Where East 78th Street Begins
Today’s entry has taken more than a month to write. I could have made it easy on myself and simply posted the image, but somehow I felt there would be more to this story. And so began the research: boats that sail the East River. In particular this boat.
I have witnessed these vessels day after day, week after week, month after month bound for destinations unknown.
What I found, in short, has to do with completing a final step in New York City’s Wastewater Treatment System.*
The cargo? Sludge (honey). The journey? Continuous.
“Every day, wastewater goes down toilets and drains in homes, schools, businesses and factories and then flows into New York City’s sewer system. Runoff from rain and melting snow, street and sidewalk washing, and other outdoor activities flows into catchbasins in the streets and from there into the sewers….Wastewater treatment plants, also called sewage treatment plants or water pollution control plants, remove most pollutants from wastewater before it is released to local waterways. At the plants, physical and biological processes closely duplicate how wetlands, rivers, streams and lakes naturally purify water. Treatment at these plants is quick, taking only about seven hours to remove most of the pollutants from the wastewater. In the natural environment this process could take many weeks and nature alone cannot handle the volume of wastewater that New York City produces.” -NYC Environmental Protection*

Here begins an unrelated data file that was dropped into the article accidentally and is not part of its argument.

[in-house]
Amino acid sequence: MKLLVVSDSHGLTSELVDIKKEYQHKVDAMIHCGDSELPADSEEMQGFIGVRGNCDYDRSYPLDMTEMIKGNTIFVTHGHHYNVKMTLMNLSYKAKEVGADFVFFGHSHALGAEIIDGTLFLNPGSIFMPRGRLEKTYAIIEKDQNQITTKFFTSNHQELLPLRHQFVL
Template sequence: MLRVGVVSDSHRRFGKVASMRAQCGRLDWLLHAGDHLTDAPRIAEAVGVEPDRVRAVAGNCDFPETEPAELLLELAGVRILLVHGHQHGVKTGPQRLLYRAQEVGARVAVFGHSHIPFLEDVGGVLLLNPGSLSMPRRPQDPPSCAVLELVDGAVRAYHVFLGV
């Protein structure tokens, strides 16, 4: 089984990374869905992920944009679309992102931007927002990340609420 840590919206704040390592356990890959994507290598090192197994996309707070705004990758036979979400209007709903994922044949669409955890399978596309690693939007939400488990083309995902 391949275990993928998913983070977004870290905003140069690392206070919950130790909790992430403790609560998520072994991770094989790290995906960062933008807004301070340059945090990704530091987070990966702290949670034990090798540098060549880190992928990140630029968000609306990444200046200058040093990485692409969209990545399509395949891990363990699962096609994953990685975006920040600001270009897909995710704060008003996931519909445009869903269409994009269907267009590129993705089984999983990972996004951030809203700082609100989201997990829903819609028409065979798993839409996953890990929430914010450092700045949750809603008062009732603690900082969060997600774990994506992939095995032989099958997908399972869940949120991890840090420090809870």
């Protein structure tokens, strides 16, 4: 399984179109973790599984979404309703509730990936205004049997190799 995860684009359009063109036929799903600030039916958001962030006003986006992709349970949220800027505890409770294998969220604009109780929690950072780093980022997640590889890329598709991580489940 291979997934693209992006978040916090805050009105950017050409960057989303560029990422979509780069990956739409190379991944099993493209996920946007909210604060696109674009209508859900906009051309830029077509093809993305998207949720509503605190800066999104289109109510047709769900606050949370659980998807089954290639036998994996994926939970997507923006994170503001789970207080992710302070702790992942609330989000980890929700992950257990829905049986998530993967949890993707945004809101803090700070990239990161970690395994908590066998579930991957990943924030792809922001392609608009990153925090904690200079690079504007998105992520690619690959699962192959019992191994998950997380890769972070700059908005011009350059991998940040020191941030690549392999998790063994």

There are seven steps in treating wastewater; only 8 of the 14 NYC Wastewater Treatment Plants are capable of completing the all of these seven steps. This is where our Department of Environmental Protection (DEP) vessel M/V Newtown Creek comes in. This ship is involved with transporting the honey from “Digestion” or step 6, to a facility that will perform “Dewatering” or step 7.
“This last step reduces the liquid volume of sludge by about 90% creating a bio-solid cake that is then transported to PA, VA, NY or NJ for disposal in either landfills or to be mixed with other natural materials that are then used to fertilize golf courses, home lawn & gardens and so on.”-NYC Environmental Protection*